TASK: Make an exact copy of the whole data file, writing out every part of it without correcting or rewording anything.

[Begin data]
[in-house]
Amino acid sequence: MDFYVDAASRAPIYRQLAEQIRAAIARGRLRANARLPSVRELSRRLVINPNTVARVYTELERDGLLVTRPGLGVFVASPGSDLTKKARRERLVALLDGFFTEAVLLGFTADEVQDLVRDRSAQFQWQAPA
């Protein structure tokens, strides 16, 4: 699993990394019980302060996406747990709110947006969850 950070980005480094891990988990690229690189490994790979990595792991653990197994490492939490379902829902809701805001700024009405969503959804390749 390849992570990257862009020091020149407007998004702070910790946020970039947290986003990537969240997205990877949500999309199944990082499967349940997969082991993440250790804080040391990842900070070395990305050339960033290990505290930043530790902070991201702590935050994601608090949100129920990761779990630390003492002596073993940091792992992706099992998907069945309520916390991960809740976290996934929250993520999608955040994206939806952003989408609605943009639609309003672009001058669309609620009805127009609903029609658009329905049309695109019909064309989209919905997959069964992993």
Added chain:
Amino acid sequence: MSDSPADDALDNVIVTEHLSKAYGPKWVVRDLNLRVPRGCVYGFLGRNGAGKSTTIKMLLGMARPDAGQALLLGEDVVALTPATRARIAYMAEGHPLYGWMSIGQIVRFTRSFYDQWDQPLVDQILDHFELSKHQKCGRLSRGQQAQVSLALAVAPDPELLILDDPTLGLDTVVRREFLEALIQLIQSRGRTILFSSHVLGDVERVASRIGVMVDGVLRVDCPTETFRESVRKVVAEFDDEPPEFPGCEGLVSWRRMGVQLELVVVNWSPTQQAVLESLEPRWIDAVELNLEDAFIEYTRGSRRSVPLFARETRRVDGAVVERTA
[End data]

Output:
[in-house]
Amino acid sequence: MDFYVDAASRAPIYRQLAEQIRAAIARGRLRANARLPSVRELSRRLVINPNTVARVYTELERDGLLVTRPGLGVFVASPGSDLTKKARRERLVALLDGFFTEAVLLGFTADEVQDLVRDRSAQFQWQAPA
């Protein structure tokens, strides 16, 4: 699993990394019980302060996406747990709110947006969850 950070980005480094891990988990690229690189490994790979990595792991653990197994490492939490379902829902809701805001700024009405969503959804390749 390849992570990257862009020091020149407007998004702070910790946020970039947290986003990537969240997205990877949500999309199944990082499967349940997969082991993440250790804080040391990842900070070395990305050339960033290990505290930043530790902070991201702590935050994601608090949100129920990761779990630390003492002596073993940091792992992706099992998907069945309520916390991960809740976290996934929250993520999608955040994206939806952003989408609605943009639609309003672009001058669309609620009805127009609903029609658009329905049309695109019909064309989209919905997959069964992993």
Added chain:
Amino acid sequence: MSDSPADDALDNVIVTEHLSKAYGPKWVVRDLNLRVPRGCVYGFLGRNGAGKSTTIKMLLGMARPDAGQALLLGEDVVALTPATRARIAYMAEGHPLYGWMSIGQIVRFTRSFYDQWDQPLVDQILDHFELSKHQKCGRLSRGQQAQVSLALAVAPDPELLILDDPTLGLDTVVRREFLEALIQLIQSRGRTILFSSHVLGDVERVASRIGVMVDGVLRVDCPTETFRESVRKVVAEFDDEPPEFPGCEGLVSWRRMGVQLELVVVNWSPTQQAVLESLEPRWIDAVELNLEDAFIEYTRGSRRSVPLFARETRRVDGAVVERTA